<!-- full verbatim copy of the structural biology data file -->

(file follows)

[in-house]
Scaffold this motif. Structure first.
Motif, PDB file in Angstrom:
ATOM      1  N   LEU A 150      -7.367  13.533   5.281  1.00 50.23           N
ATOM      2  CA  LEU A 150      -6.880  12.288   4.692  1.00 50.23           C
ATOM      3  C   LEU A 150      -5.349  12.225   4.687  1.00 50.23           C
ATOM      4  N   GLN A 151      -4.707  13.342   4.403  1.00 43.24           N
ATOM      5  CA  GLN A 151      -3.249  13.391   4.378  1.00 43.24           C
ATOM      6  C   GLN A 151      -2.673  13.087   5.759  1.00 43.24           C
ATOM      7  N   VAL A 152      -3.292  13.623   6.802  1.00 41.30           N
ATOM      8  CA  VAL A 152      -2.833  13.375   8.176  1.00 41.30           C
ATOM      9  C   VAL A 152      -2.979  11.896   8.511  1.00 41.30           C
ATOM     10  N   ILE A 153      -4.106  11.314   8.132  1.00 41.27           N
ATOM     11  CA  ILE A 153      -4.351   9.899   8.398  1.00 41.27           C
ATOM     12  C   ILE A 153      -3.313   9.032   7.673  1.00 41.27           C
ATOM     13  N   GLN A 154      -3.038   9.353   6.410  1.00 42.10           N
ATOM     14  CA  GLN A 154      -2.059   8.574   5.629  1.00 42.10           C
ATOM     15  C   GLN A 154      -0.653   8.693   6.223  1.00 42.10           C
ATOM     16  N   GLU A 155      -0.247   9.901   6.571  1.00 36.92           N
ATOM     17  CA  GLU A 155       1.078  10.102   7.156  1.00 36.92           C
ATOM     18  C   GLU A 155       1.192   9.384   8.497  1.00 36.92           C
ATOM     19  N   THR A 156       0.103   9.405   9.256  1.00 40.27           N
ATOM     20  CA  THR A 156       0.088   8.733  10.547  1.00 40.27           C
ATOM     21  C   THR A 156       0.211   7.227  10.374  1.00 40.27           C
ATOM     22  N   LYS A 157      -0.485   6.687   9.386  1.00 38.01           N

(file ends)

[in-house]
Scaffold this motif. Structure first.
Motif, PDB file in Angstrom:
ATOM      1  N   LEU A 150      -7.367  13.533   5.281  1.00 50.23           N
ATOM      2  CA  LEU A 150      -6.880  12.288   4.692  1.00 50.23           C
ATOM      3  C   LEU A 150      -5.349  12.225   4.687  1.00 50.23           C
ATOM      4  N   GLN A 151      -4.707  13.342   4.403  1.00 43.24           N
ATOM      5  CA  GLN A 151      -3.249  13.391   4.378  1.00 43.24           C
ATOM      6  C   GLN A 151      -2.673  13.087   5.759  1.00 43.24           C
ATOM      7  N   VAL A 152      -3.292  13.623   6.802  1.00 41.30           N
ATOM      8  CA  VAL A 152      -2.833  13.375   8.176  1.00 41.30           C
ATOM      9  C   VAL A 152      -2.979  11.896   8.511  1.00 41.30           C
ATOM     10  N   ILE A 153      -4.106  11.314   8.132  1.00 41.27           N
ATOM     11  CA  ILE A 153      -4.351   9.899   8.398  1.00 41.27           C
ATOM     12  C   ILE A 153      -3.313   9.032   7.673  1.00 41.27           C
ATOM     13  N   GLN A 154      -3.038   9.353   6.410  1.00 42.10           N
ATOM     14  CA  GLN A 154      -2.059   8.574   5.629  1.00 42.10           C
ATOM     15  C   GLN A 154      -0.653   8.693   6.223  1.00 42.10           C
ATOM     16  N   GLU A 155      -0.247   9.901   6.571  1.00 36.92           N
ATOM     17  CA  GLU A 155       1.078  10.102   7.156  1.00 36.92           C
ATOM     18  C   GLU A 155       1.192   9.384   8.497  1.00 36.92           C
ATOM     19  N   THR A 156       0.103   9.405   9.256  1.00 40.27           N
ATOM     20  CA  THR A 156       0.088   8.733  10.547  1.00 40.27           C
ATOM     21  C   THR A 156       0.211   7.227  10.374  1.00 40.27           C
ATOM     22  N   LYS A 157      -0.485   6.687   9.386  1.00 38.01           N